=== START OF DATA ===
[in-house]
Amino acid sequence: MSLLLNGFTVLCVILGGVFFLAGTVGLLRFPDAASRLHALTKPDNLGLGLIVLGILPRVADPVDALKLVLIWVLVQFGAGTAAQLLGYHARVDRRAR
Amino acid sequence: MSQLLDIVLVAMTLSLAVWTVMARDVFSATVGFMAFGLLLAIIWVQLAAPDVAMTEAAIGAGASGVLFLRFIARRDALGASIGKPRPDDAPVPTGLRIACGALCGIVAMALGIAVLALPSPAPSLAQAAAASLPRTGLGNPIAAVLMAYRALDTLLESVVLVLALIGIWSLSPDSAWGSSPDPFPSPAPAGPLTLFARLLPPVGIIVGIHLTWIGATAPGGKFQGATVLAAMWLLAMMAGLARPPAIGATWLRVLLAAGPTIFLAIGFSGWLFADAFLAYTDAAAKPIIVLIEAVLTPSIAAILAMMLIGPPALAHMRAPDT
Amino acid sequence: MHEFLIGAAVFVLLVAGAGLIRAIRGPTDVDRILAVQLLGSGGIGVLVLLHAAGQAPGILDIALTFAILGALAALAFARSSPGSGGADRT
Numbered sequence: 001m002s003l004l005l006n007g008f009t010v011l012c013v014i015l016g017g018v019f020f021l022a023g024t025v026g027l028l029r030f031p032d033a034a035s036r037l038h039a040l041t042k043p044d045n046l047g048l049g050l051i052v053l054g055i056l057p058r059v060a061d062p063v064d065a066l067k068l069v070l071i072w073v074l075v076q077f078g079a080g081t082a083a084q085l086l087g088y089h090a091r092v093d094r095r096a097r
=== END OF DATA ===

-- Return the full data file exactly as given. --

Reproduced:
[in-house]
Amino acid sequence: MSLLLNGFTVLCVILGGVFFLAGTVGLLRFPDAASRLHALTKPDNLGLGLIVLGILPRVADPVDALKLVLIWVLVQFGAGTAAQLLGYHARVDRRAR
Amino acid sequence: MSQLLDIVLVAMTLSLAVWTVMARDVFSATVGFMAFGLLLAIIWVQLAAPDVAMTEAAIGAGASGVLFLRFIARRDALGASIGKPRPDDAPVPTGLRIACGALCGIVAMALGIAVLALPSPAPSLAQAAAASLPRTGLGNPIAAVLMAYRALDTLLESVVLVLALIGIWSLSPDSAWGSSPDPFPSPAPAGPLTLFARLLPPVGIIVGIHLTWIGATAPGGKFQGATVLAAMWLLAMMAGLARPPAIGATWLRVLLAAGPTIFLAIGFSGWLFADAFLAYTDAAAKPIIVLIEAVLTPSIAAILAMMLIGPPALAHMRAPDT
Amino acid sequence: MHEFLIGAAVFVLLVAGAGLIRAIRGPTDVDRILAVQLLGSGGIGVLVLLHAAGQAPGILDIALTFAILGALAALAFARSSPGSGGADRT
Numbered sequence: 001m002s003l004l005l006n007g008f009t010v011l012c013v014i015l016g017g018v019f020f021l022a023g024t025v026g027l028l029r030f031p032d033a034a035s036r037l038h039a040l041t042k043p044d045n046l047g048l049g050l051i052v053l054g055i056l057p058r059v060a061d062p063v064d065a066l067k068l069v070l071i072w073v074l075v076q077f078g079a080g081t082a083a084q085l086l087g088y089h090a091r092v093d094r095r096a097r